|Appeal Judgement - 07.07.2006||
NTAGERURA et al. (Cyangugu)
At paragraphs 61 to 62, the Appeals Chamber found that, in the case of joinder of cases (and not a joinder of charges), the indictments do not become a unified document. The facts underlying a charge in one indictment against one of the accused cannot be used to support a charge in the indictment against another accused; each of the individual indictments has to meet the standard developed in the jurisprudence regarding the necessary content of the indictments; the Prosecution cannot rely on the indictment against one of the accused to remedy defects in the indictment against another accused:
61. The Prosecution further argues that reading the Indictments separately with regard to the factual allegations “negates the rationale for creating the joinder in the first place”. This argument cannot prosper. It is not self-evident that distinct indictments should be read together as a whole, in case of a joinder. In joint trials, each accused shall be accorded the same rights as if he were being tried separately. The Prosecution thus remains under an obligation to plead, in each indictment brought, the material facts underpinning the charges against each accused. The Prosecution’s argument that the Indictment “became, in law, a single indictment” is dismissed. It was up to the Prosecutor to submit a new, joint and single Indictment against the three Accused.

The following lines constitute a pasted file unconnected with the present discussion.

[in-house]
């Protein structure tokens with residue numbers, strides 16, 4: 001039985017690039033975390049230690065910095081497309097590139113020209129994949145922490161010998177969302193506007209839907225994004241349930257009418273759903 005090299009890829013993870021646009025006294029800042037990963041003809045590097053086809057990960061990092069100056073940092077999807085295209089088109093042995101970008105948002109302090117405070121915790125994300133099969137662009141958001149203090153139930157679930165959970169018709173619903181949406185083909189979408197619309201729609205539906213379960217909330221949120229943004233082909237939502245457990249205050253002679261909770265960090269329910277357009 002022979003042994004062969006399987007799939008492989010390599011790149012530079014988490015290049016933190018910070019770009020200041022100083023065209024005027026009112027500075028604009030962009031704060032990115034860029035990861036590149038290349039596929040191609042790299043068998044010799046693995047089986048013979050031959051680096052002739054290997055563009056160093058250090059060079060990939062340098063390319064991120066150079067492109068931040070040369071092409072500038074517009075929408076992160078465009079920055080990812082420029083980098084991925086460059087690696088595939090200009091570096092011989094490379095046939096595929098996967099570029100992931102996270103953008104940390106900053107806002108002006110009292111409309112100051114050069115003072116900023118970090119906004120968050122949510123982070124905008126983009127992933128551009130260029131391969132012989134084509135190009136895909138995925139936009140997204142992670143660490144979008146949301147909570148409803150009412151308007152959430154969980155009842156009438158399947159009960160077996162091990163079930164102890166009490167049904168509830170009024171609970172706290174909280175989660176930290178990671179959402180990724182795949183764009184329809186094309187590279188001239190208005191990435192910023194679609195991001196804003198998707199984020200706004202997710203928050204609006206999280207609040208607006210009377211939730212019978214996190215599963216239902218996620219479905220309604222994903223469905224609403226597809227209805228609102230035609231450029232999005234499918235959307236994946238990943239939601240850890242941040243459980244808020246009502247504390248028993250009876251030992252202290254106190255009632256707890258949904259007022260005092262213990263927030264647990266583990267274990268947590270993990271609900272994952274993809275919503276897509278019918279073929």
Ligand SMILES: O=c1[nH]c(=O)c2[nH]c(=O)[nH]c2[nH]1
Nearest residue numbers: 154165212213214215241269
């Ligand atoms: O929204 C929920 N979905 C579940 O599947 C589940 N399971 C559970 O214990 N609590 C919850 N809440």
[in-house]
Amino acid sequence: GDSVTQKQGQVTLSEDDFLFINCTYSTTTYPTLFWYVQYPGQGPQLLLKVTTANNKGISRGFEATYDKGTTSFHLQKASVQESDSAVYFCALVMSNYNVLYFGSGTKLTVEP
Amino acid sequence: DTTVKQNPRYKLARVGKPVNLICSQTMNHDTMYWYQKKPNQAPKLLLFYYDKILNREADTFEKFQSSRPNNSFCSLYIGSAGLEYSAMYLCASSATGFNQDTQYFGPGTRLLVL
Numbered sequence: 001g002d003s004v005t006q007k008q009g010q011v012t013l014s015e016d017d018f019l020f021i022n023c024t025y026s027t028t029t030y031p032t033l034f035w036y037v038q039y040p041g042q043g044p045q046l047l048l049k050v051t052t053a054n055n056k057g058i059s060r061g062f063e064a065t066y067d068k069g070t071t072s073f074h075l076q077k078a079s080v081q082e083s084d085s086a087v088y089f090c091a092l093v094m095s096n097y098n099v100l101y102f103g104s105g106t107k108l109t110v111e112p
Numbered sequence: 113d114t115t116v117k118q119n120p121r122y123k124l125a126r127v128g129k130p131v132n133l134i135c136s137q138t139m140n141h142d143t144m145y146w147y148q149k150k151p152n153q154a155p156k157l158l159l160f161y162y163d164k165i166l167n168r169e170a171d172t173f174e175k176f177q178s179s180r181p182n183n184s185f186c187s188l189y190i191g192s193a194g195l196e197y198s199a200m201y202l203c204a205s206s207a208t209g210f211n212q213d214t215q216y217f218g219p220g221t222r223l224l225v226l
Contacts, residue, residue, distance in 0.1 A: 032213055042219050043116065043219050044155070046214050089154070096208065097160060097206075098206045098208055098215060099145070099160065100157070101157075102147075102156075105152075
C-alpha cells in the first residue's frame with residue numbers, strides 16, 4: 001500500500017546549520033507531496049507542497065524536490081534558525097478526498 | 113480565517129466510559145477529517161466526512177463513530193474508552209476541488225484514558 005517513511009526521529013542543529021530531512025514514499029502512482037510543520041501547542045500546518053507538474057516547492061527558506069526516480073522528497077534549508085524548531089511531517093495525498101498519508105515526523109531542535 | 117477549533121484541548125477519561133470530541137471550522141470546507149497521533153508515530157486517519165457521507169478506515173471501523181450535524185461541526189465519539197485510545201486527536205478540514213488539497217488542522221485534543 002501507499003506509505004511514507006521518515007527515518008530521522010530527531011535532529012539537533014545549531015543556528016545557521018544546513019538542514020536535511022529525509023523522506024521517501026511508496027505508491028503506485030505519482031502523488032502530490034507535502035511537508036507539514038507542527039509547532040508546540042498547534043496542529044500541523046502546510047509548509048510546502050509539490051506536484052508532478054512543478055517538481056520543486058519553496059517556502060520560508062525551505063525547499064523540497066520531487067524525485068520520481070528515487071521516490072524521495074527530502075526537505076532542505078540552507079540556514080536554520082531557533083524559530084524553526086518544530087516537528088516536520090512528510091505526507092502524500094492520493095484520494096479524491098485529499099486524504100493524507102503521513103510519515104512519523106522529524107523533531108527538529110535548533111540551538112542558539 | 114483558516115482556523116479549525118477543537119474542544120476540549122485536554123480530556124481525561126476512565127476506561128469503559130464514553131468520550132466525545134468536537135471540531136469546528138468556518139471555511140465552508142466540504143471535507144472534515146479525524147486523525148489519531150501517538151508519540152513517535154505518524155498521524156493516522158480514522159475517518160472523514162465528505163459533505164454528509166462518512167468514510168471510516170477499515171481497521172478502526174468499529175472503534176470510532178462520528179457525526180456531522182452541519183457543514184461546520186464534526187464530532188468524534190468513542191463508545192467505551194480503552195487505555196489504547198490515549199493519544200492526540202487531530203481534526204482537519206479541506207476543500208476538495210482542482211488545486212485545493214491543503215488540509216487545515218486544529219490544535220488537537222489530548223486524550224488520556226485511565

62. For these reasons, the Appeals Chamber finds that the Prosecution’s argument that the Indictments should have been read together as a whole is without merit. Insofar as the Appeals Chamber concludes that the Trial Chamber did not err by refusing to read the Indictments together, it is not necessary to examine the effect that a combined reading of the two Indictments might have had.
 Prosecution Brief in Reply, para. 24.
 Rule 82(A) of the Rules.
 Cf. Ntakirutimana Appeal Judgement, para. 470; Kupreškić et al. Appeal Judgement, para. 88.
|ICTR Rule Rule 48 ICTY Rule Rule 48|